Our directory is intended as a resource for people with peanut and nut allergies. It contains foods, helpful products, and much more.
- What is a Peanut Allergy
- Foods to Avoid
- The Allergic Reaction
- Recognizing and Treating Anaphylaxis
- Epinephrine Auto-Injectors
- Medical ID Bracelets
- Support Groups
Peanut Free and Nut Free
Other Food Allergies
This is a press release from Quaker Canada dated November 26, 2010 that I received via the Anaphylaxis Canada Newtwork:
PEANUT ALLERGY ALERT: QUAKER CANADA URGES PUBLIC TO TAKE NOTE OF RECALL OF 14 COUNT QUAKER CHEWY GRANOLA BARS VALUE PACKS
MISSISSAUGA, ON, Nov. 26 /CNW/ - Quaker Canada, a division of PepsiCo Foods Canada, urges Canadians who have purchased 14 count Quaker Chewy Granola Bars Value Pack cartons to be mindful and check the UPC bar code in light of a possible allergic reaction that occurred this week. No other packages of Quaker bars or Quaker products are affected.
Quaker Canada is investigating how the cartons were mis-labeled and is focused on actions to alert consumers and recover the product from the marketplace.
The recall was announced on November 24. Today, Quaker Canada is:
•Working with customers nationally to retrieve the affected product from store shelves as quickly as possible;
•Working with Health Canada and the Canadian Food Inspection Agency;
•Working with Anaphylaxis Canada and other health groups to reach Canadians with peanut and tree nut allergies;
•Notifying school boards across Canada;
•Taking out newspaper advertisements advising of the recall to further raise awareness;
•Conducting a thorough investigation to understand how the mis-labeling took place.
"We are recovering these products as quickly as possible. We immediately halted our packaging operations at the location where this error occurred. Following our investigation of what took place, we will put an action plan in place to ensure this doesn't happen again," said Kathryn Matheson, Vice President, Quaker Canada.
The 14 count Quaker Chewy Granola Bars Value Pack cartons that were mis-labeled carry the UPC Bar Code 55577 10742. Consumers with the product should inspect the contents of the carton to ensure it contains the correct product - Chewy Chocolate Chip and Chewy S'mores bars. No other packages of Quaker bars or Quaker products are affected.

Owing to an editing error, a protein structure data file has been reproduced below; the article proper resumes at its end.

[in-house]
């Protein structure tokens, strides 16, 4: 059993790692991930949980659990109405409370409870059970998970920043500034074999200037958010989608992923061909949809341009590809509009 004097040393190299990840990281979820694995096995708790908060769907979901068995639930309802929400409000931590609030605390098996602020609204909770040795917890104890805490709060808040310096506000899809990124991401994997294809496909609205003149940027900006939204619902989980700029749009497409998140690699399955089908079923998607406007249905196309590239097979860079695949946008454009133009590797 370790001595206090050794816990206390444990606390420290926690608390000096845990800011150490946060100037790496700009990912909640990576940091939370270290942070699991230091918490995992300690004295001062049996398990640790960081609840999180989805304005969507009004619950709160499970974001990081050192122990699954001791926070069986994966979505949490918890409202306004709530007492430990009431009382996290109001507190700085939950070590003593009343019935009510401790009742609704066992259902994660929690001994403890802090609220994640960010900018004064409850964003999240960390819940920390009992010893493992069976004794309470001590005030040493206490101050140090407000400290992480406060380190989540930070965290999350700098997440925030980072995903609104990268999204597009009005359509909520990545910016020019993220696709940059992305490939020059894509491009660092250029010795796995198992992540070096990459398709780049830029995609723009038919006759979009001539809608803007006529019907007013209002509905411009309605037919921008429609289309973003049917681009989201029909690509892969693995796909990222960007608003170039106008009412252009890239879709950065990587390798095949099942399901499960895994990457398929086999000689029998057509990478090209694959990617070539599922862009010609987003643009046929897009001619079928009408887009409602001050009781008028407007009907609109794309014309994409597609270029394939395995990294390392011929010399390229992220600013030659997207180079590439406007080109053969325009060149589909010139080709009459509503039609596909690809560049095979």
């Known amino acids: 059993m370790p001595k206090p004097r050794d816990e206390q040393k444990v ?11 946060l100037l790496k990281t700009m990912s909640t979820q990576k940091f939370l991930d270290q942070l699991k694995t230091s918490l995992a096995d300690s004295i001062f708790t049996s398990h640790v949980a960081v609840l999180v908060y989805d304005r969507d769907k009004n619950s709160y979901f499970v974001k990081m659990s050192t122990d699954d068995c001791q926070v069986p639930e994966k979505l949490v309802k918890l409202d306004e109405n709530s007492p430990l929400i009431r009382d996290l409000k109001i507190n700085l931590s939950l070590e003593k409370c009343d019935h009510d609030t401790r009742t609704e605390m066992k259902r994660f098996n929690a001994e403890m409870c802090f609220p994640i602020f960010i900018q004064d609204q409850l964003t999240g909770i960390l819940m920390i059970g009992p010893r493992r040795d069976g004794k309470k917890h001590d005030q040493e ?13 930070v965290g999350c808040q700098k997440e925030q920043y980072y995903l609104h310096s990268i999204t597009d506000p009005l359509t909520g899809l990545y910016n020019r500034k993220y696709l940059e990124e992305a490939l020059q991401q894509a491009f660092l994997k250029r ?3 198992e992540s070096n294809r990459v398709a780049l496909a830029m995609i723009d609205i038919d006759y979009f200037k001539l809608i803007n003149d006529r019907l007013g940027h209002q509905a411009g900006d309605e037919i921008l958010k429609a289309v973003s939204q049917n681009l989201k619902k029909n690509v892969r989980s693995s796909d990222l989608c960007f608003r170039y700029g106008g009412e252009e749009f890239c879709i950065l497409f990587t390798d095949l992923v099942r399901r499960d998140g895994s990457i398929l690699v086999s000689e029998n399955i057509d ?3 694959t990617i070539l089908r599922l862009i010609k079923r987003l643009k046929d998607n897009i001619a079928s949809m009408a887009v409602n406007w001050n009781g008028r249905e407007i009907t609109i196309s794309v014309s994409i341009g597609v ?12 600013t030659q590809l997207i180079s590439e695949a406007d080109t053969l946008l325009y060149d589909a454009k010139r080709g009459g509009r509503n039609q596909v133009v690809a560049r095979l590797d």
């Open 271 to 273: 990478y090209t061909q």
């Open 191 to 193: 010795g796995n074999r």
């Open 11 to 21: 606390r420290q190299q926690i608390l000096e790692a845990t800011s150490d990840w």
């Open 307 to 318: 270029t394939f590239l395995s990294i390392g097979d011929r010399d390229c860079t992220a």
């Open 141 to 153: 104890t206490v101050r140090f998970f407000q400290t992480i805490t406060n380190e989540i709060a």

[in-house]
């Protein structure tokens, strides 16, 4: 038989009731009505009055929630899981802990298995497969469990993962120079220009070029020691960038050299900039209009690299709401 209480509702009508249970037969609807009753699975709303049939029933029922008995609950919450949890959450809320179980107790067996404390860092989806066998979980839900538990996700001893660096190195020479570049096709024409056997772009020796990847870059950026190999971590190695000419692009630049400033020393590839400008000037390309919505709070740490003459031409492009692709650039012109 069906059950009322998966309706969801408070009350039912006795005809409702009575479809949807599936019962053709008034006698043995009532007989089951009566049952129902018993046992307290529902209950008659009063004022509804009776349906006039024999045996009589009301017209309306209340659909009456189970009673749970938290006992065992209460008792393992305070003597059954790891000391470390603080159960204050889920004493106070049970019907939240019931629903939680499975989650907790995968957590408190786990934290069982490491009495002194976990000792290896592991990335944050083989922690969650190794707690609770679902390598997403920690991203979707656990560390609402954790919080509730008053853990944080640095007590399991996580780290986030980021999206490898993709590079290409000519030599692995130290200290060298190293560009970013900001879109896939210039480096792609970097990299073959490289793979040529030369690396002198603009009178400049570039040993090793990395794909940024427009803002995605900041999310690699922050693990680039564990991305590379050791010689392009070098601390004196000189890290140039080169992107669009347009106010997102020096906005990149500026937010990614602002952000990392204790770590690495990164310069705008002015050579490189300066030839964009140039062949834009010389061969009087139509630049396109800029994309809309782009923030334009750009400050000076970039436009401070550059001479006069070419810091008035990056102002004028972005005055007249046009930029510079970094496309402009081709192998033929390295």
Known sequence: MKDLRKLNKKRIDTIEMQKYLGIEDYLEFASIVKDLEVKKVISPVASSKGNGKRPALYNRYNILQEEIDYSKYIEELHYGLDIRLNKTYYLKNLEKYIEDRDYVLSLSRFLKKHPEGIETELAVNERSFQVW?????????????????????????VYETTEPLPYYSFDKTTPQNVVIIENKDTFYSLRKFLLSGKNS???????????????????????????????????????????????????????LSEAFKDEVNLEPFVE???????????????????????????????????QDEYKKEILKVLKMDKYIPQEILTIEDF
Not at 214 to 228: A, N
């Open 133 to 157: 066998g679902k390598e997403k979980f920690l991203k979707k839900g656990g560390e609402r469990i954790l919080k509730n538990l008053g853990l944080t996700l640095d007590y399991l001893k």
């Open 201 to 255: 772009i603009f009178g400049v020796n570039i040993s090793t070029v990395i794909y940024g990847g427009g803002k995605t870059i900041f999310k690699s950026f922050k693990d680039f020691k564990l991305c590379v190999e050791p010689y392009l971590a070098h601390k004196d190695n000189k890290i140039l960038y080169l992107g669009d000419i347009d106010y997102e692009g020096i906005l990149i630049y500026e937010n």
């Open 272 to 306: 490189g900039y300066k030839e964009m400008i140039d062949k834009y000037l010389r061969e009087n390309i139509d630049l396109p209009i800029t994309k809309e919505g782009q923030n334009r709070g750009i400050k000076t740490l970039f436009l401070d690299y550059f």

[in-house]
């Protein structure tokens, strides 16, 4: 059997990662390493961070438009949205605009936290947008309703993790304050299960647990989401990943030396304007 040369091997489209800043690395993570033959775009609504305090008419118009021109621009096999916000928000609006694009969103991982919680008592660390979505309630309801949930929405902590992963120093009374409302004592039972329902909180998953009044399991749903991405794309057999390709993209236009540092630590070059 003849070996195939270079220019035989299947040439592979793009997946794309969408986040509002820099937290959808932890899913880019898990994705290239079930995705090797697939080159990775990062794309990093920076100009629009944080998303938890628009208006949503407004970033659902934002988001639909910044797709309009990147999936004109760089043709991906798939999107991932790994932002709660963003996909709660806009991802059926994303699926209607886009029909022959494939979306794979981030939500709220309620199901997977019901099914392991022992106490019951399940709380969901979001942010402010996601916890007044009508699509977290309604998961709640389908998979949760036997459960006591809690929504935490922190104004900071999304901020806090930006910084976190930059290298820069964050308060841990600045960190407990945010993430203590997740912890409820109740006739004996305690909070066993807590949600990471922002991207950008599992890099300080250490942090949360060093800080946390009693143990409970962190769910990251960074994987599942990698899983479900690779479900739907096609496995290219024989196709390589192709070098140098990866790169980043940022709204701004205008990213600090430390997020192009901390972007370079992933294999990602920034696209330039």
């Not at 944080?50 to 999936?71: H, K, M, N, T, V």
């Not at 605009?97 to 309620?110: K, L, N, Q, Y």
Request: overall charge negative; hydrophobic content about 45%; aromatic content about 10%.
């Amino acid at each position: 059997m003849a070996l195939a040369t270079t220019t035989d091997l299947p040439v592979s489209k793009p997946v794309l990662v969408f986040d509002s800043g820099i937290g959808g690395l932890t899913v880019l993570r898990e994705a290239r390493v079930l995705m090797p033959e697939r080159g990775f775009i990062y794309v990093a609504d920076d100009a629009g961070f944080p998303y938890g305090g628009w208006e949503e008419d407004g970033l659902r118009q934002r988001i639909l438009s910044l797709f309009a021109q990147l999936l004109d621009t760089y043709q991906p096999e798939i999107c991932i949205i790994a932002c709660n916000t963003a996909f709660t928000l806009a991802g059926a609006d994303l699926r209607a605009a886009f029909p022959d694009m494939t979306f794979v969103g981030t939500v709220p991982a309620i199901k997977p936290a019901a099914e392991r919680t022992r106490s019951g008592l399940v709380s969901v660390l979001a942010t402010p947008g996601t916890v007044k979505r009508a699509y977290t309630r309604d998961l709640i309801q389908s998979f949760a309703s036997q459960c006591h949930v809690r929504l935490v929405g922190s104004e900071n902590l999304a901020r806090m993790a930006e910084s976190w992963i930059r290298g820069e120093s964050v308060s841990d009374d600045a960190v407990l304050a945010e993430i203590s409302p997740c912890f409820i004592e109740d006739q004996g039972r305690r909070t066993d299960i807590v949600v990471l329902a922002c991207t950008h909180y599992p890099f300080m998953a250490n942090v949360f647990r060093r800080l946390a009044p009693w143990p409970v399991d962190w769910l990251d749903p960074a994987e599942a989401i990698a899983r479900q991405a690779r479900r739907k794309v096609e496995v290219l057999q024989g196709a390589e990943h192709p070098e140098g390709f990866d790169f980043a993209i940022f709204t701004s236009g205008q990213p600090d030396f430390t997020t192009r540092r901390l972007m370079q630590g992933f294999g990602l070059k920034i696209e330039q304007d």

The company has recalled the 14 count Quaker Chewy Granola Bars Value Packs because the outside packaging erroneously states that the boxes should contain Chewy Chocolate Chip and Chewy S'mores bars, both of which are made in a peanut free facility. If the carton contains Dipps Chocolate Chip and Dipps Caramel Nut bars and a consumer has a peanut or tree nut allergy, they should return it to the retailer where it was purchased for a refund. There is no health risk associated with handling the mis-labeled carton for disposal or return, however this product should not be consumed by those in a peanut or tree nut-allergic household.
The company received a report of a consumer experiencing an anaphylactic reaction after consuming a granola bar that potentially came from a mis-labeled 14 count Quaker Chewy Granola Bars Value Pack. The individual was treated in hospital and is now recovering at home.
"We are relieved and glad to hear the consumer is stable. We urge Canadians to consider the seriousness of this recall and to make extra effort to check product labels every single time, something Quaker Canada wants to emphasize, particularly for those consumers who may have this product in their home," said Matheson.
Consumers with questions may contact Quaker Canada by calling the toll-free hotline at 1-800-267-6287.
For more information, please visit www.quakeroats.ca.
So obviously this is a MAJOR mistake, but as someone who is allergic to peanuts, and has a boy allergic to tree nuts mistakes like this can be fatal. I have always made it a habit to read labels each and every time. If I buy 2 boxes of the exact same cereal that I've been eating for 15 years, I’ll re-read both boxes before they go into the cart. Despite my efforts, I can sort of understand how a parent would buy the same product repeatedly and just open the box and place a bar in the child's lunch box without necessarily looking at the package. When we place our trust in reputable manufacturers there is an inherent assumption that if it states 'peanut free', that the product is in fact peanut free. I have always been a big fan of the Quaker granola bars, they seem to be doing their best at handling the situation. Unfortunately there has been one reported reaction. This has taught me to NEVER let my guard down.
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